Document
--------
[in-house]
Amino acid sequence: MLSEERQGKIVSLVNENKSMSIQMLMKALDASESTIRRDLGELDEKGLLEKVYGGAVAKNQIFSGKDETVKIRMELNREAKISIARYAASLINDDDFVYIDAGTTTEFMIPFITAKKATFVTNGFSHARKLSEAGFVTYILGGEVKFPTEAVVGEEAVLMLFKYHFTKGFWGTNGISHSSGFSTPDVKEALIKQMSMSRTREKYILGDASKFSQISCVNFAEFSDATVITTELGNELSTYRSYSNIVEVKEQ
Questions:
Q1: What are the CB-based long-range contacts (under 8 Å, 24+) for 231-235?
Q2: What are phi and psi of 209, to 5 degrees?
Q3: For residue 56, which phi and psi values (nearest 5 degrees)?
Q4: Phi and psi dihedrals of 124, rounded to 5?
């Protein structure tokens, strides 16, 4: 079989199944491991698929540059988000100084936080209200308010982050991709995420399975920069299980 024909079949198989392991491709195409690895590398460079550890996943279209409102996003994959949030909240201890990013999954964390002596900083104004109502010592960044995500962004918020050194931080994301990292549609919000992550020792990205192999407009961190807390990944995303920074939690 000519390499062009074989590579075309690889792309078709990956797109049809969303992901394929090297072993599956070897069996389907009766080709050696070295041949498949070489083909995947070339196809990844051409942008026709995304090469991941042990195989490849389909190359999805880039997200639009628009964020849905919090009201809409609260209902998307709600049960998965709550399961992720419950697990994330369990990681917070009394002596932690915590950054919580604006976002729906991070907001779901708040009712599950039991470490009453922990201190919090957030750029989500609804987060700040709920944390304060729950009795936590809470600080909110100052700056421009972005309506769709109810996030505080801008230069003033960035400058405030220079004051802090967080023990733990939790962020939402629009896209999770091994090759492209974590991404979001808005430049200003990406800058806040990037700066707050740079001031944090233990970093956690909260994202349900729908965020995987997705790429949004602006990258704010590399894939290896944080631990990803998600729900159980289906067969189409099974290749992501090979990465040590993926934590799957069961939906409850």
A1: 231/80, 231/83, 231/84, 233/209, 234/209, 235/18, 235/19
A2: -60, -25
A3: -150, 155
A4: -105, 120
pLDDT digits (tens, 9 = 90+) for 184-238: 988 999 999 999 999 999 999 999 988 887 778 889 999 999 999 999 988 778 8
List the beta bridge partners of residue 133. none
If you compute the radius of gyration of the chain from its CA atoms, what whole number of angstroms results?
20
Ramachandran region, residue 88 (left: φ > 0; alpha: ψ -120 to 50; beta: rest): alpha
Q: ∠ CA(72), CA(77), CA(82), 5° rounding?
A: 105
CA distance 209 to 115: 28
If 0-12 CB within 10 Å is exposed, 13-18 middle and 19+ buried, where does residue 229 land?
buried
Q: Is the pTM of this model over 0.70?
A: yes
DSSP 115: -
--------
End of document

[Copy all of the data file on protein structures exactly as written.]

[in-house]
Amino acid sequence: MLSEERQGKIVSLVNENKSMSIQMLMKALDASESTIRRDLGELDEKGLLEKVYGGAVAKNQIFSGKDETVKIRMELNREAKISIARYAASLINDDDFVYIDAGTTTEFMIPFITAKKATFVTNGFSHARKLSEAGFVTYILGGEVKFPTEAVVGEEAVLMLFKYHFTKGFWGTNGISHSSGFSTPDVKEALIKQMSMSRTREKYILGDASKFSQISCVNFAEFSDATVITTELGNELSTYRSYSNIVEVKEQ
Questions:
Q1: What are the CB-based long-range contacts (under 8 Å, 24+) for 231-235?
Q2: What are phi and psi of 209, to 5 degrees?
Q3: For residue 56, which phi and psi values (nearest 5 degrees)?
Q4: Phi and psi dihedrals of 124, rounded to 5?
């Protein structure tokens, strides 16, 4: 079989199944491991698929540059988000100084936080209200308010982050991709995420399975920069299980 024909079949198989392991491709195409690895590398460079550890996943279209409102996003994959949030909240201890990013999954964390002596900083104004109502010592960044995500962004918020050194931080994301990292549609919000992550020792990205192999407009961190807390990944995303920074939690 000519390499062009074989590579075309690889792309078709990956797109049809969303992901394929090297072993599956070897069996389907009766080709050696070295041949498949070489083909995947070339196809990844051409942008026709995304090469991941042990195989490849389909190359999805880039997200639009628009964020849905919090009201809409609260209902998307709600049960998965709550399961992720419950697990994330369990990681917070009394002596932690915590950054919580604006976002729906991070907001779901708040009712599950039991470490009453922990201190919090957030750029989500609804987060700040709920944390304060729950009795936590809470600080909110100052700056421009972005309506769709109810996030505080801008230069003033960035400058405030220079004051802090967080023990733990939790962020939402629009896209999770091994090759492209974590991404979001808005430049200003990406800058806040990037700066707050740079001031944090233990970093956690909260994202349900729908965020995987997705790429949004602006990258704010590399894939290896944080631990990803998600729900159980289906067969189409099974290749992501090979990465040590993926934590799957069961939906409850």
A1: 231/80, 231/83, 231/84, 233/209, 234/209, 235/18, 235/19
A2: -60, -25
A3: -150, 155
A4: -105, 120
pLDDT digits (tens, 9 = 90+) for 184-238: 988 999 999 999 999 999 999 999 988 887 778 889 999 999 999 999 988 778 8
List the beta bridge partners of residue 133. none
If you compute the radius of gyration of the chain from its CA atoms, what whole number of angstroms results?
20
Ramachandran region, residue 88 (left: φ > 0; alpha: ψ -120 to 50; beta: rest): alpha
Q: ∠ CA(72), CA(77), CA(82), 5° rounding?
A: 105
CA distance 209 to 115: 28
If 0-12 CB within 10 Å is exposed, 13-18 middle and 19+ buried, where does residue 229 land?
buried
Q: Is the pTM of this model over 0.70?
A: yes
DSSP 115: -